Mr. Corry: I do not want to say much about this Department. In the first place, I do not think the Minister worth £100 as against £1,700 down here for him. I do not think he is giving service for it. I do not want to go into the matters that have been dragged out here and for which excuses have been made night after night. Like Deputy Hogan, however, I would like to know when the Minister is going to introduce the Town Tenants Bill. I would like to bear something definite from him about that. Town tenants in my constituency are being fleeced by those landlords who are I presume large contributors to the Cumann na nGaedheal election fund. That is the sole reason I think why the Bill has not been introduced. Their influence is too strong and of course the pheasants are of more importance than the people.
Mr. Corry: Or the wild geese. No doubt they are. I would like to hear something definite from the Minister. We have got so many definite statements from him about the date of the Town Tenants Bill that we would like a fresh one from him this time, that it is to be introduced sometime in the near future and not in the Kathleen Mavourneen style.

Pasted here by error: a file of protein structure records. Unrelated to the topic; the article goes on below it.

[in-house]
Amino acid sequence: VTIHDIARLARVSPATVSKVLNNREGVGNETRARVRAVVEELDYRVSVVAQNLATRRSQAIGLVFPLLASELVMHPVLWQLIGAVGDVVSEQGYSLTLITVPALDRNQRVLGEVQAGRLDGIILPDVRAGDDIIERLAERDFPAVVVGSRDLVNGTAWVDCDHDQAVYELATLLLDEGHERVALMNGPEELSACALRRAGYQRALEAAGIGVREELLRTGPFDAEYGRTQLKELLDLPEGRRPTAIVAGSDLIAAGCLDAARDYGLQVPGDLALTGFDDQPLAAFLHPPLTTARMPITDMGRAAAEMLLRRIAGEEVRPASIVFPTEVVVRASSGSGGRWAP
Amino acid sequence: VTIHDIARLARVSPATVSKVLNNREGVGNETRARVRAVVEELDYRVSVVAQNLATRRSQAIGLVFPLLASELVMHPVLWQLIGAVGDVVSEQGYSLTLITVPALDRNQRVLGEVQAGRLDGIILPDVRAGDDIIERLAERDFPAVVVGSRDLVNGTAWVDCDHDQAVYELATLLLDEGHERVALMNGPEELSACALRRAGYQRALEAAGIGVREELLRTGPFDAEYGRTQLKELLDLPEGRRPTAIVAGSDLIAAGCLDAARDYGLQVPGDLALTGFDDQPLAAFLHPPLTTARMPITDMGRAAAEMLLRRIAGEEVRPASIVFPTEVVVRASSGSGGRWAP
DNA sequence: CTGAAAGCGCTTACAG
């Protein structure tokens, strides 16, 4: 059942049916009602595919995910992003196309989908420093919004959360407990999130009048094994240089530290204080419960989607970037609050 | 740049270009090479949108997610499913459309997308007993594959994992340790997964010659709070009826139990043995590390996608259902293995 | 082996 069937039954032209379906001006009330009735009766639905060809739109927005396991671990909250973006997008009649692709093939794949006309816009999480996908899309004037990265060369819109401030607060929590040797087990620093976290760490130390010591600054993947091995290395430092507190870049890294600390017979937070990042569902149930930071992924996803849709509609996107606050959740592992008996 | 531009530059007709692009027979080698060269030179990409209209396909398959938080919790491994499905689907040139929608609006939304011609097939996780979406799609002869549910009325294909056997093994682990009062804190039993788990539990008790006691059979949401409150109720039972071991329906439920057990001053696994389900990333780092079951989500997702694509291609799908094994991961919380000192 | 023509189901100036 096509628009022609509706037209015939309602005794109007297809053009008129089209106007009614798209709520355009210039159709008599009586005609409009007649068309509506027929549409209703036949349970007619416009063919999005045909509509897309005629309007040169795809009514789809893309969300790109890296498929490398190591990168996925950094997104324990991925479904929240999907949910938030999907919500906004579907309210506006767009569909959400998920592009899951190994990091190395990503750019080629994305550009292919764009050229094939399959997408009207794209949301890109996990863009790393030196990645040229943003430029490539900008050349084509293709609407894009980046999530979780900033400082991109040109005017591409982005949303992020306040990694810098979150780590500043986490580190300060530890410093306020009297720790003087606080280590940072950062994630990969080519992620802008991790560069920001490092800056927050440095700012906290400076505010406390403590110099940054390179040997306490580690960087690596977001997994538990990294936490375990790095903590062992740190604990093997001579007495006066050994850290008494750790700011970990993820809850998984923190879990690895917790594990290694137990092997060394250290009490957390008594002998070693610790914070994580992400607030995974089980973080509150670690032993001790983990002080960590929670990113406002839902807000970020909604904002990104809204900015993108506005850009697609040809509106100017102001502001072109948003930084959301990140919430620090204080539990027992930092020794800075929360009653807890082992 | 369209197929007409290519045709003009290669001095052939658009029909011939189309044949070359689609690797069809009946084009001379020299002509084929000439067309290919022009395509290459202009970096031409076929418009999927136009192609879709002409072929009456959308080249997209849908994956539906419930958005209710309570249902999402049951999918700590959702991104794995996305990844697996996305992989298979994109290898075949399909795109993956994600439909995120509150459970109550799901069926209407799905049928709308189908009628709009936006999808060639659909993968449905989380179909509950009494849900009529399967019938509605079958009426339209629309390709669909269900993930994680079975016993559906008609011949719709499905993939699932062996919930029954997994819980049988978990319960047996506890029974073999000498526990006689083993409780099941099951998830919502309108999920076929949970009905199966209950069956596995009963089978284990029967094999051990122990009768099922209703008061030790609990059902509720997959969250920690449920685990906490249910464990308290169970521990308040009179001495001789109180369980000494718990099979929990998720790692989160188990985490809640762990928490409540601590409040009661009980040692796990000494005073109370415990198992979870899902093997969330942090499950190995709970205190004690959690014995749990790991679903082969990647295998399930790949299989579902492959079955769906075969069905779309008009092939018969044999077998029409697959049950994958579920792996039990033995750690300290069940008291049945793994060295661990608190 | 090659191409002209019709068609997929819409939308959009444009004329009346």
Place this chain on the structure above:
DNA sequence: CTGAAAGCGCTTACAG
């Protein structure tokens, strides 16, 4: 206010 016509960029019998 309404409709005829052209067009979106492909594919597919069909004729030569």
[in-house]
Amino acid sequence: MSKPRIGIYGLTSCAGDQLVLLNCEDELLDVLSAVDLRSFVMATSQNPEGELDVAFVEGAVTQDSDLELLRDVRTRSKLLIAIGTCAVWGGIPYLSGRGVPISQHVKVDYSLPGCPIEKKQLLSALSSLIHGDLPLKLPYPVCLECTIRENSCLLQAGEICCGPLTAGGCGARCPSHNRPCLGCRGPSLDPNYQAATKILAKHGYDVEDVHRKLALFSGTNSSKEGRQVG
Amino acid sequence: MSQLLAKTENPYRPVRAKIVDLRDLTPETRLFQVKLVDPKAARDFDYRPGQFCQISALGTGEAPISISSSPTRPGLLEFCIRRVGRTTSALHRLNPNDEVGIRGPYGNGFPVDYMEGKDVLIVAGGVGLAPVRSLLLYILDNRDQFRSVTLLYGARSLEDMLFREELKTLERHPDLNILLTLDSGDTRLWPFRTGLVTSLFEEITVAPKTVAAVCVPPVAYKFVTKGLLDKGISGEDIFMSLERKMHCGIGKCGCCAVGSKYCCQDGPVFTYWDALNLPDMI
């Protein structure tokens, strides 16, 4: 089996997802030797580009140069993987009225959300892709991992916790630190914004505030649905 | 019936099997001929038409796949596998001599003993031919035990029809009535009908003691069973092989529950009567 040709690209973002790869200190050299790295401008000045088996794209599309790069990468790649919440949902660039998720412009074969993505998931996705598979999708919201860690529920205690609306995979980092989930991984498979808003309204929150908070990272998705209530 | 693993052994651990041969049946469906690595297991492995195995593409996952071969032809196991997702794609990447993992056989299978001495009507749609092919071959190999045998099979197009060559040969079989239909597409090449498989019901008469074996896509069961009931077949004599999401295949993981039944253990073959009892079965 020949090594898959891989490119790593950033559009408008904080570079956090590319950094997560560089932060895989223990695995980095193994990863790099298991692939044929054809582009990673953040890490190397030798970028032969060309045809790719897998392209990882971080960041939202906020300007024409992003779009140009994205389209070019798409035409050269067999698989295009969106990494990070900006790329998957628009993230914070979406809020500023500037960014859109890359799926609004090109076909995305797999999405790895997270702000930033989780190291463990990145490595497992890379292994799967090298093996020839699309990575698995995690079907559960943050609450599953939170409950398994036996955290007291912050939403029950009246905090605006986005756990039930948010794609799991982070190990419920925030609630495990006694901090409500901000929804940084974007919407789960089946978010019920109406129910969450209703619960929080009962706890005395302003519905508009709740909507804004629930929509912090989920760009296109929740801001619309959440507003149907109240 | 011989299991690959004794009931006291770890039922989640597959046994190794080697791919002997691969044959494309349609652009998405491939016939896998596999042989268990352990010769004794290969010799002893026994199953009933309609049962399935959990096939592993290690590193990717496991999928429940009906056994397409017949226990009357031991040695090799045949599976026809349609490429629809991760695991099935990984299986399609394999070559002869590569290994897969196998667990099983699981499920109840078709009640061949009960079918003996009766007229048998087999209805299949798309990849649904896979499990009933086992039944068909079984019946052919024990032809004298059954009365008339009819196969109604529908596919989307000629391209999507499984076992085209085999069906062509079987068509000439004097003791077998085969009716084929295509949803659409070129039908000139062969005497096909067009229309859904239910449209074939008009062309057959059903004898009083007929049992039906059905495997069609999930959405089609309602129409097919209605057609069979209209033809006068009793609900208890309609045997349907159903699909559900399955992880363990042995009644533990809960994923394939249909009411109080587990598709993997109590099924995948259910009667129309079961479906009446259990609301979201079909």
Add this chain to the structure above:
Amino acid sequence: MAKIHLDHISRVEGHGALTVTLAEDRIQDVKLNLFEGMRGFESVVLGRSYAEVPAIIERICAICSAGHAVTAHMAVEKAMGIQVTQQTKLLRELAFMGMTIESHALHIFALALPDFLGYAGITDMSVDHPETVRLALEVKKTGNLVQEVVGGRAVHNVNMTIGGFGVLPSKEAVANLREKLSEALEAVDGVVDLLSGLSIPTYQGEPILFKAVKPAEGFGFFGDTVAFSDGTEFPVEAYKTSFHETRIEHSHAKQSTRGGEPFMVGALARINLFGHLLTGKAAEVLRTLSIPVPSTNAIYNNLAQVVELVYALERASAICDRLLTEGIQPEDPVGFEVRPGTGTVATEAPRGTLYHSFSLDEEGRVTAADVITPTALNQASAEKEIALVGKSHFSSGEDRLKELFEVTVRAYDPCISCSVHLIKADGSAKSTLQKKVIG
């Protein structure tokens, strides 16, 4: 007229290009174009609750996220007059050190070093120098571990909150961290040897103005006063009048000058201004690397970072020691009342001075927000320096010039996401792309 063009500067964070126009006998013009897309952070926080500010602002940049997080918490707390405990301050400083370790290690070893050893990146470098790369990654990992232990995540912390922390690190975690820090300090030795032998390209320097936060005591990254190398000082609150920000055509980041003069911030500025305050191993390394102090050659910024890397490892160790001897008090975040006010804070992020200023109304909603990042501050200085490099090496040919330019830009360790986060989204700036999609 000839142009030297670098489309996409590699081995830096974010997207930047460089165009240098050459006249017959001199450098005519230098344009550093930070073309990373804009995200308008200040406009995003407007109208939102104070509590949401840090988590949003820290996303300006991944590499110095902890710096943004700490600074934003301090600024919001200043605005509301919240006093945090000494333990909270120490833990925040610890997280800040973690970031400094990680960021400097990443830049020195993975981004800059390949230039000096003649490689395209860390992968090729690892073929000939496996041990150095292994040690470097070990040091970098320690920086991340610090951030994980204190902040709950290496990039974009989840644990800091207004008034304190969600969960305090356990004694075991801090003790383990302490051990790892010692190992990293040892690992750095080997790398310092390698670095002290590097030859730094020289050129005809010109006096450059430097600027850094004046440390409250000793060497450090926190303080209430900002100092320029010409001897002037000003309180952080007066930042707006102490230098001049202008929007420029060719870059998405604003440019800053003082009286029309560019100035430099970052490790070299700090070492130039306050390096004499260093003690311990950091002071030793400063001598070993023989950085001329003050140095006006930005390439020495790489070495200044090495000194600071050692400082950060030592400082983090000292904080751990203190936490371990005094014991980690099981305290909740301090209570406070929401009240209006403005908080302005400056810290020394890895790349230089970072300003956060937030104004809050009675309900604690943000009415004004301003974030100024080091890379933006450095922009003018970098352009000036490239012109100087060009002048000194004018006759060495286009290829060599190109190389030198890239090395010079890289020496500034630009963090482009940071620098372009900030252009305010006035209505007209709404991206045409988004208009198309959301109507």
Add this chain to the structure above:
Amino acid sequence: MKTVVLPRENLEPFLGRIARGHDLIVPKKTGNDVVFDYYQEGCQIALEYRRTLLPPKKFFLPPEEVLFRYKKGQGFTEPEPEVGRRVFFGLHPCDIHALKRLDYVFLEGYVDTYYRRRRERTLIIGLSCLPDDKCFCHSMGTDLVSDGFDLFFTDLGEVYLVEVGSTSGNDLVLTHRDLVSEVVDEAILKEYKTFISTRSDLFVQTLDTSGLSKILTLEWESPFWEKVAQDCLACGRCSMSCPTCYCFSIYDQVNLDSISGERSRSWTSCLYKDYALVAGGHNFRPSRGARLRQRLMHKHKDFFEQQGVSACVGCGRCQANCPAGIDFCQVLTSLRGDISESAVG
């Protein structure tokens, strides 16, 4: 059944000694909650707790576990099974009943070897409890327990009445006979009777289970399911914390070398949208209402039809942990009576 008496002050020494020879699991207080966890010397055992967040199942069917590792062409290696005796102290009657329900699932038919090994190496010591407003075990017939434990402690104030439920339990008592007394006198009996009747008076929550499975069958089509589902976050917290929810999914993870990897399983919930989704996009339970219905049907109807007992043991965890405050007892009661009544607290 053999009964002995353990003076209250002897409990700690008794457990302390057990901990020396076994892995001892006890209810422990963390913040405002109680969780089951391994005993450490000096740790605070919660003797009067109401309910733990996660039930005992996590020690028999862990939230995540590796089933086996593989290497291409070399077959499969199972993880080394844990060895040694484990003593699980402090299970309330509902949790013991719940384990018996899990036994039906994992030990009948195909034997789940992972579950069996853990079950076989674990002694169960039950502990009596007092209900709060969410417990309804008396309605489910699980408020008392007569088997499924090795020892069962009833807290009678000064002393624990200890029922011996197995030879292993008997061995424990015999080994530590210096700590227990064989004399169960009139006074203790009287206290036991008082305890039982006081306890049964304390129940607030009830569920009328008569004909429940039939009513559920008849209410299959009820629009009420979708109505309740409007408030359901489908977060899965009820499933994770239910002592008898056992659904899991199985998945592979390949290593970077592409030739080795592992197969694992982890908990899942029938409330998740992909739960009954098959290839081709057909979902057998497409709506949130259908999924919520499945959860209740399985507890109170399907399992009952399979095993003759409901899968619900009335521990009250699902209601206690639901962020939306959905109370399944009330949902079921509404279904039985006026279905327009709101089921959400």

I notice here that there is a substitute being paid £60 while the film censor is on holidays. That gentleman has £650 and I presume a war bonus and should pay his own substitute while on holidays. I do not think it would be too much to ask him. I would suggest to the Minister that it would be a good job for the House as a whole and even for his own party if he gave £1,500 to a substitute for himself.
Mr. Davin: I desire, on this Estimate, to draw the Minister's attention once more to the failure of the parties responsible—his Department in particular—to deal with the control of the bus traffic, both in the city and throughout the country. On two occasions at least I asked the Minister for certain figures giving the number of people against whom prosecutions were instituted during certain periods, the number of convictions secured and the amount derived in revenue from the imposition of fines on those convicted. The figures given, as Deputies will remember, were alarming. The position to-day is much worse than it was on the last occasion that I raised this matter in the House. That goes to prove the absolute failure of the Minister's Department, and the officials responsible in his Department for the control of this increasing traffic. I have noticed from time to time—I have often taken cuttings from newspapers— that when owners are prosecuted for overcrowding the fines imposed are merely nominal. I have seen a case recently where the driver of a bus was prosecuted for carrying fourteen passengers in excess of the registered carrying capacity of the bus. He was  fined 5/-. That was a long-distance bus.